As record numbers of homeowners are defaulting on mortgages and are at risk of foreclosure, foreclosure rescue scammers are coming out of the woodwork in droves. These people and companies pretend to help homeowners facing foreclosure, but instead steal homes, equity, and money -- leaving the former homeowner in a more desperate financial state than before.
Don't become the latest victim of these scams. Learn how the scams work, what the scammers are like, and how to protect yourself.
Due to the current credit crunch and less-than-careful lending practices by banks, more people are having trouble paying their mortgage. And because the housing market is in a slump, it's harder for homeowners in financial distress to sell their home (the sale price often doesn't cover the mortgage) or refinance on better terms. The result is a dramatic increase in the number of people facing foreclosure.
Enter the scammers. Foreclosure "rescue" is rampant for some very good reasons:
The methods scammers use to rip off homeowners are extremely varied. But most of them fit into three broad categories.
In these schemes, foreclosure scammers prey upon the overarching desire of many homeowners -- to stay in their home. The foreclosure scammer tells the victim that the scammer will buy the house so that the mortgage is up to date and the homeowner can rent the home indefinitely and then buy the home back from the scammer. Unfortunately, the rent payments and buyback provisions are usually so onerous that homeowners can never buy the home back.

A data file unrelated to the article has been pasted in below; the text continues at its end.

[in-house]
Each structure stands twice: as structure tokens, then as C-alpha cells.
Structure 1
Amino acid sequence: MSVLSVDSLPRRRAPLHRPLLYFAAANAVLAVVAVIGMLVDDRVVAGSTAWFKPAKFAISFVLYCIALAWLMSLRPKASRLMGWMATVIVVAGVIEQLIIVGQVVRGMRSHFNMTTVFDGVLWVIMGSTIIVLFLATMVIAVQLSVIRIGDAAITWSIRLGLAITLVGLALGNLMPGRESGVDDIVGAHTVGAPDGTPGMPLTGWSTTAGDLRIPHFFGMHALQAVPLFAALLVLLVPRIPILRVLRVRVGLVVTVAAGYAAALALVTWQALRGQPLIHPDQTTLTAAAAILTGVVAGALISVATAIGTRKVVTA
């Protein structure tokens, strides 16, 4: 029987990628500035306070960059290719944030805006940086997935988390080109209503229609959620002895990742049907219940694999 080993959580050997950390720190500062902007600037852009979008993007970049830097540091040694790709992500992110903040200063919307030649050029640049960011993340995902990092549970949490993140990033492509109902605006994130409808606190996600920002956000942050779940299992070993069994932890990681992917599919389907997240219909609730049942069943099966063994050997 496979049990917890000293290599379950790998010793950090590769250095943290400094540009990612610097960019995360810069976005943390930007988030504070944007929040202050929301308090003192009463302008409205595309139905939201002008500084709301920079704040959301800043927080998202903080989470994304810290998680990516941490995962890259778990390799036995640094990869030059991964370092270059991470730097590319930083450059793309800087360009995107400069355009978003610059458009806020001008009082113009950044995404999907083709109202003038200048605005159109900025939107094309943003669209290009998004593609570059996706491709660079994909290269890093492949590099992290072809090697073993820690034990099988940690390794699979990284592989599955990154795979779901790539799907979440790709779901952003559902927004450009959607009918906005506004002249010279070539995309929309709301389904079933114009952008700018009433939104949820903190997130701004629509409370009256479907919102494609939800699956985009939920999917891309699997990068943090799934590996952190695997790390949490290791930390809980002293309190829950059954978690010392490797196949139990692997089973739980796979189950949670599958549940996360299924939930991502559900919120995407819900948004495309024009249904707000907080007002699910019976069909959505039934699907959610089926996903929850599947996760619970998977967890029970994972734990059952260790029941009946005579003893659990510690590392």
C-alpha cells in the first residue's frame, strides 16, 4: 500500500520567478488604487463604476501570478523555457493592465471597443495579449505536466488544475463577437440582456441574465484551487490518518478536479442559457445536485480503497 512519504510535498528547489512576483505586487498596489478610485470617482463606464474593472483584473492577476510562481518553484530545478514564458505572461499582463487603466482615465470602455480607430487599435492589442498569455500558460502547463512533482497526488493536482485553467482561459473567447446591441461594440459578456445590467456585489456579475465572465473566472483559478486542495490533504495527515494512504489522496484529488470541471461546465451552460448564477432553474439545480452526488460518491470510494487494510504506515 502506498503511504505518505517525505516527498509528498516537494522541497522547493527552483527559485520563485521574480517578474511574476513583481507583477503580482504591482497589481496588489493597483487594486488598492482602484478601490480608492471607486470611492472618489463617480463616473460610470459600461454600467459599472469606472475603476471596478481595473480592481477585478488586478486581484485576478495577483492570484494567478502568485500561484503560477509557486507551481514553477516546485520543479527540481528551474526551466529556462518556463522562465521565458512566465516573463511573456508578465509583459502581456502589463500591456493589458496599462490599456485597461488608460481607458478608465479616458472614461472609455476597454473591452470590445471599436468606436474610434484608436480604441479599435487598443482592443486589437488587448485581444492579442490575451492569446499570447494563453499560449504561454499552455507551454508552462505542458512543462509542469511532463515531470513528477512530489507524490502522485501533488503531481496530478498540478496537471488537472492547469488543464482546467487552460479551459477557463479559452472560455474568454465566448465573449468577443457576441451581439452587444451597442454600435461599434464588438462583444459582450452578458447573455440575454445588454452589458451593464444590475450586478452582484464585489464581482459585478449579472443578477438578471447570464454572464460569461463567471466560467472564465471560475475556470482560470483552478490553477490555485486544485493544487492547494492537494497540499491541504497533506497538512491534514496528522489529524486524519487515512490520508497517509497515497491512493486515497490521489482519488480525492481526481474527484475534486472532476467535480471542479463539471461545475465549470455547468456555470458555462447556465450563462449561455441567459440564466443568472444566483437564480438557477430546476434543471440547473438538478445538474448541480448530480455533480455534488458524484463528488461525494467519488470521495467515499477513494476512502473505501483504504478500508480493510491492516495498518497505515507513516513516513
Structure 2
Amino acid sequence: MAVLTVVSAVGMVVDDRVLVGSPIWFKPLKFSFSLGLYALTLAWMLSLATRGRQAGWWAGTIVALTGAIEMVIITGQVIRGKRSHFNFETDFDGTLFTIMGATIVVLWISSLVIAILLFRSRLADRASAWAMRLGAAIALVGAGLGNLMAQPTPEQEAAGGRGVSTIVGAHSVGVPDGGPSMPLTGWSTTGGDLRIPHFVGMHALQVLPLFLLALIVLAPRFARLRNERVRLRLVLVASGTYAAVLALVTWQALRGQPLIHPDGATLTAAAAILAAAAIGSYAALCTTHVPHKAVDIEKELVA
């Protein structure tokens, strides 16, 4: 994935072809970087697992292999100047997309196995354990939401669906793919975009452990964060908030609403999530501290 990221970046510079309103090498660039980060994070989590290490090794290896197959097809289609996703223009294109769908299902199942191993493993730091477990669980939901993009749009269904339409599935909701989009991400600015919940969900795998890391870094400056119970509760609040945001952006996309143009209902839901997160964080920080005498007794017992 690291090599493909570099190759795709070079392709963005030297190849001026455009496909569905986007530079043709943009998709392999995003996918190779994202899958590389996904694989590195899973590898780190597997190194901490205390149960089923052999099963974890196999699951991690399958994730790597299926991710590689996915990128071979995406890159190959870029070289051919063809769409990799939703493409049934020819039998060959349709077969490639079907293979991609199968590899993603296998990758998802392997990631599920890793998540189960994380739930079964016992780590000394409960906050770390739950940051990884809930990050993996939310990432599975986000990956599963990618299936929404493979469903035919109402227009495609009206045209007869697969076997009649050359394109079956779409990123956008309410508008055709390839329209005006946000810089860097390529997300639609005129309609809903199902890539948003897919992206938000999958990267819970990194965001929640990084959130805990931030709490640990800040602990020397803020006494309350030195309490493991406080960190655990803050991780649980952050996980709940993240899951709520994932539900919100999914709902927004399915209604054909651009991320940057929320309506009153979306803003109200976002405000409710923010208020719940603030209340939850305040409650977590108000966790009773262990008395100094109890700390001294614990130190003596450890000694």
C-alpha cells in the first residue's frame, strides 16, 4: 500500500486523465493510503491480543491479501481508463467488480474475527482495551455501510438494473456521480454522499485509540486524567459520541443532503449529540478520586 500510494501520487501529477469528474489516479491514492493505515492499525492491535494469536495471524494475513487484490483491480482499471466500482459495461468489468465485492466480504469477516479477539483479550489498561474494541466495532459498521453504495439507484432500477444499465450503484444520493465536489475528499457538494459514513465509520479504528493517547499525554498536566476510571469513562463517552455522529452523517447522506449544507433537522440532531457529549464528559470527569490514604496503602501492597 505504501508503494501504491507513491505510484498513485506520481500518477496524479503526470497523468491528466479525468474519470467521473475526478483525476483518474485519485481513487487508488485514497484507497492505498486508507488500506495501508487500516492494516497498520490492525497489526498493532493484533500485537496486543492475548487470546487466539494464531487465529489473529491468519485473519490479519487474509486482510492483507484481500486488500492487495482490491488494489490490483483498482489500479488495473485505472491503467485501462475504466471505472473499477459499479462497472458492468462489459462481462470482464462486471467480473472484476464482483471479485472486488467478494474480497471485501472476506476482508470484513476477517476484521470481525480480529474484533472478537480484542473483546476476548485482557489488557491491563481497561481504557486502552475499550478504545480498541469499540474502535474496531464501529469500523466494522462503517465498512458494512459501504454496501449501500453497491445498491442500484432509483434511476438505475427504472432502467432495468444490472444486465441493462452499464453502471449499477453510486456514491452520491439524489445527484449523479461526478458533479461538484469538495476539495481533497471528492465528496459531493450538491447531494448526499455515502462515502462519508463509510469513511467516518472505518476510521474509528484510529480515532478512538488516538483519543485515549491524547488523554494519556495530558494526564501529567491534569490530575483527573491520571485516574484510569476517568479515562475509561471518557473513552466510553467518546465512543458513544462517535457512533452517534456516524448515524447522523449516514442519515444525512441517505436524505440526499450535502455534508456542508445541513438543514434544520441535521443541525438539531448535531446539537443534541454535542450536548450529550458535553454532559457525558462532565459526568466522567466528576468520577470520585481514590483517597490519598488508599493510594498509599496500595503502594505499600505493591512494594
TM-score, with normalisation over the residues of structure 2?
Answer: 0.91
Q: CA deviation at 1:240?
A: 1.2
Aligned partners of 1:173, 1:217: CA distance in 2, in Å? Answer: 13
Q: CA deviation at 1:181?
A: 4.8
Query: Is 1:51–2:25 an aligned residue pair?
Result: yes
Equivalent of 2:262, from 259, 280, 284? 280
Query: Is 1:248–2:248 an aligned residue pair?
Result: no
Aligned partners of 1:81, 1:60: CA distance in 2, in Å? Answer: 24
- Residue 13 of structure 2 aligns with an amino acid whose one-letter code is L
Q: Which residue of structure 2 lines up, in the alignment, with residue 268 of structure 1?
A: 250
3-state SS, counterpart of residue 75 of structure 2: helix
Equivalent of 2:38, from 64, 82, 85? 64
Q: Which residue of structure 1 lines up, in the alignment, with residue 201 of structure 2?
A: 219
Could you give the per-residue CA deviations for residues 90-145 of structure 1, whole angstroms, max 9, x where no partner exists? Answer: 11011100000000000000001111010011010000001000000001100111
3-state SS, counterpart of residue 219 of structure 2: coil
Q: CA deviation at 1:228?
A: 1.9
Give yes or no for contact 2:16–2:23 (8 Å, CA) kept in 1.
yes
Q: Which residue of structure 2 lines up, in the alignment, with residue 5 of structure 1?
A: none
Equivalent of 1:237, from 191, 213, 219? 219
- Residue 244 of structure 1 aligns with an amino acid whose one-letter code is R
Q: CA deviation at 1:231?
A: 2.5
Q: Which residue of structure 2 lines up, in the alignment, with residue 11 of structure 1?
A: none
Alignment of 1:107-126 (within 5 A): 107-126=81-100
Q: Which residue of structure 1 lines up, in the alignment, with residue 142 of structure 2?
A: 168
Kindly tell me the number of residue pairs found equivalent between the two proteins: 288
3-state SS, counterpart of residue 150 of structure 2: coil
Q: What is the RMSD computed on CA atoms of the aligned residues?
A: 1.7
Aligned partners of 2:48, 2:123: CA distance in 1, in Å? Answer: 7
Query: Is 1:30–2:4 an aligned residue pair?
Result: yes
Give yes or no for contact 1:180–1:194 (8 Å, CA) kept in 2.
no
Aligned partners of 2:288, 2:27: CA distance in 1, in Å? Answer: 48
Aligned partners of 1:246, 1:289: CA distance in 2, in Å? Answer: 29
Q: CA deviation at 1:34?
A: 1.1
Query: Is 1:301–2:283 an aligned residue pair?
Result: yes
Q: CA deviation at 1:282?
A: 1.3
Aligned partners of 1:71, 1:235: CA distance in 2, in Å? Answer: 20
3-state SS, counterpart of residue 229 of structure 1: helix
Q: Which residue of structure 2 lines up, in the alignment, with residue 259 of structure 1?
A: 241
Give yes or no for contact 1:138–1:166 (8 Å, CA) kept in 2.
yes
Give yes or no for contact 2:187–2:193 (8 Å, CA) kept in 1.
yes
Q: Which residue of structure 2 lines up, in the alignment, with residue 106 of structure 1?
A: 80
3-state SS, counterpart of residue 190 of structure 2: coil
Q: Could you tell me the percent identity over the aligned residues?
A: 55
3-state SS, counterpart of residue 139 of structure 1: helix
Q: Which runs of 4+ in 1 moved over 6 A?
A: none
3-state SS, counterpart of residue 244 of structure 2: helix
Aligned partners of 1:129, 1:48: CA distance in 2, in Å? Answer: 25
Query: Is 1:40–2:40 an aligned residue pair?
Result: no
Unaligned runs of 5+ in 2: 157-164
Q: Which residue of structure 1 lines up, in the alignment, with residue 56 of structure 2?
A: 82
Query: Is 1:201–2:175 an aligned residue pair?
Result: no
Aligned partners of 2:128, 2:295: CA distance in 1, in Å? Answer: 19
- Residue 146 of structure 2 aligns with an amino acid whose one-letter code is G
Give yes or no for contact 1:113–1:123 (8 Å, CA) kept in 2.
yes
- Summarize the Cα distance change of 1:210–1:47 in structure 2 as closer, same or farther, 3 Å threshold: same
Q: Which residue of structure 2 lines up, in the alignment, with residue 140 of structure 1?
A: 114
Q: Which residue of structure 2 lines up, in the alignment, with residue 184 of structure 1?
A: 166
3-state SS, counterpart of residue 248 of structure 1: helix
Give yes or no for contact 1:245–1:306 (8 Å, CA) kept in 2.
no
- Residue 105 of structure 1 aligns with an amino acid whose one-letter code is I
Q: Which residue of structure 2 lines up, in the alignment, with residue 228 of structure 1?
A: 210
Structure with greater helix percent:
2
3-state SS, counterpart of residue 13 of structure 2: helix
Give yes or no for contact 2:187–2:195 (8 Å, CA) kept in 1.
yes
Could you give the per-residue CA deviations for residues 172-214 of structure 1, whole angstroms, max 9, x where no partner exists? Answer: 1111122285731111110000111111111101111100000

Some foreclosure scammers pretend they are legitimate foreclosure consultants (to learn more about legitimate consultants, see "Protect Yourself: How to Avoid Foreclosure Scams," below) and then exploit the homeowner's trust by:
These schemes cause the homeowner to lose much-needed money. Worse, because the homeowner believes the foreclosure "consultant" is handling the situation, the homeowner does nothing during the crucial time period when action must be taken. By the time the homeowner realizes he has been scammed, it is too late to get current on the loan, negotiate with the lender, sell the house, or find effective assistance.
In these schemes, the foreclosure scammer gets the homeowner to unwittingly surrender ownership of the home. Often, the foreclosure consultant promises that he will bring the mortgage up to date and allow the homeowner to stay in the home, setting up a payment plan for the homeowner to pay him back. The victim doesn't realize that the home has actually been sold to the scammer (usually at a ridiculously low price) and ends up paying extremely high rent to stay in the home.
Sometimes, the homeowner believes she is merely signing new loan documents to bring the mortgage current, but instead is signing title over to the scammer. Or the scammer may simply forge the homeowners' signature on documents.
The people and companies that prey upon homeowners in foreclosure use many tactics to gain the homeowner's trust. Here are some examples:
If you are having financial troubles, believe you may lose your home, or are in foreclosure, here's how you can make sure that you do not become a victim of a foreclosure scam.